Supply chain
Smart logistics vision for next 30 years: Q&A with WPG Holdings vice chairman Frank Yeh
Julian Ho, Taipei; Rodney Chan, DIGITIMES

COVID-19 and the US-China trade war have combined to accelerate a split of the global supply chain in two - namely a "G2" pattern with one serving China and the other the rest of the world. Such a scenario has also highlighted Taiwan's importance.

Digitimes recently interviewed Frank Yeh, vice chairman of WPG Holdings - a leading IC distributor - as the world entered 2021 with coronavirus still wreaking havoc and the trade tensions between the superpowers raging on. Yeh talked about the future of supply chains and changes to the world.

Q: What upgrades to the supply chain will smartization bring?

A: I can say that all manufacturing industires are customers of WPG Holdings, but I do not understand manufacturing. I have read Digitimes president Colley Hwang's book "Disconnected ICT Supply Chains" at least three times.

The broken supply chains, the US-China trade war that started two years ago, and the COVID-19 pandemic that began in early 2020 - they have combined to deal an enormous blow to the world. All the supply chains are changing. In 2019, everyone was busy running to Southeast Asia, and in 2020 they were not even able to reach there. The situation about broken supply chains will be more serious. Is this a crisis or an opportunity? Depending on how you look at it, it may be a great opportunity.

What I want to do is to train myself, to train my mentality and way of thinking. What is really happening when we say the supply chains are broken? It is clear that the world's factory no longer exists. In the past, massive resources concentrated in China, from which products were delievered globally. This is changing. The G2 pattern resulted from the US-China trade war has gradually become the new normal, and the pandemic still seems to be raging on.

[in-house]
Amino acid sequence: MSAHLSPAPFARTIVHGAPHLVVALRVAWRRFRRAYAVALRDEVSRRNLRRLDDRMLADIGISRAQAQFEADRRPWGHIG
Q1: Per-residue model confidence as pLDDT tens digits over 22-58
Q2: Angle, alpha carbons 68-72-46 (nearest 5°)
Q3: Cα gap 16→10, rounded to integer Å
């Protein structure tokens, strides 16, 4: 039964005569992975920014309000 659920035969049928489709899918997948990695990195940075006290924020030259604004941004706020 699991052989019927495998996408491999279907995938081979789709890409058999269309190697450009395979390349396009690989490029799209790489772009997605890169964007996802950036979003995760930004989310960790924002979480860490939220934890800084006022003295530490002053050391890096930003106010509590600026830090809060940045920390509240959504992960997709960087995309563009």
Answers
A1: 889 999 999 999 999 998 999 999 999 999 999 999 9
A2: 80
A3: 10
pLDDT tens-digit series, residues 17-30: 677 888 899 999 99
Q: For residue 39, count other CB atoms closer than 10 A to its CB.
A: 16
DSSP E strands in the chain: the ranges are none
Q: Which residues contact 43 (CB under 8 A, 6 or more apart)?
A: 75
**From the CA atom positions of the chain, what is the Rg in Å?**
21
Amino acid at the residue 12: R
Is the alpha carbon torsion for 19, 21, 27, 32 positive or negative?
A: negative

In the traditional upstream-downstream communincation model, A may pass information directly to B, who then paases it to C. But in platform-style management, everyone shares information with each other, and nowadays with regionalization becoming the trend, digital platform management is becoming more and more important.

Q: What are the changes in human lifestyles and industries that are worthy of attention in 2021?

A: The concepts of remote work and co-presence will continues to be relevant. For example, online concerts and online inventors conferences. This echoes what I've mentioned before about getting "digital tools" ready to do these things. Taiwan's success in containing the epidemic has allowed study, work and social activities to remain normal without having to switch to the remote mode. But that has ironically limited their awareness of the fact that remote work and co-presence will be the new normal in the future.

For companies, it is very important for managers to learn one thing, that is, managing without seeing employees. Do we pay for employees' time or employees' work results? Under the former model, employees might be late for work and get pay deducted. But if they can work from any places, what companies want are the results of their employees' work. This is the biggest change.

For example, WPG's operations in the US have yet to allow employees to go into the offices. Of course the warehouses have to remain open, but offices of sales departments remain closed to employees. After the outbreak began, about 2000 WPG employees in China were unable to go into their offices starting February 1, 2020 until the end of March. And we have take note of the demographic changes - both qualitative and quantitative changes.

Q: How do you see the impact of demographic changes on the industry?

A: In the first half of 2020, Taiwan finally came to the point where the birth rate was lower than the death rate. According to the Ministry of the Interior, if there is no change in Taiwan's future birth plan, it is estimated that by 2049, Taiwan's total population will be less than 17 million. In light of these trends, when we talk about the issue of talent cultivation, the population size is not big enough with the people continuing aging and the number of children shrinking.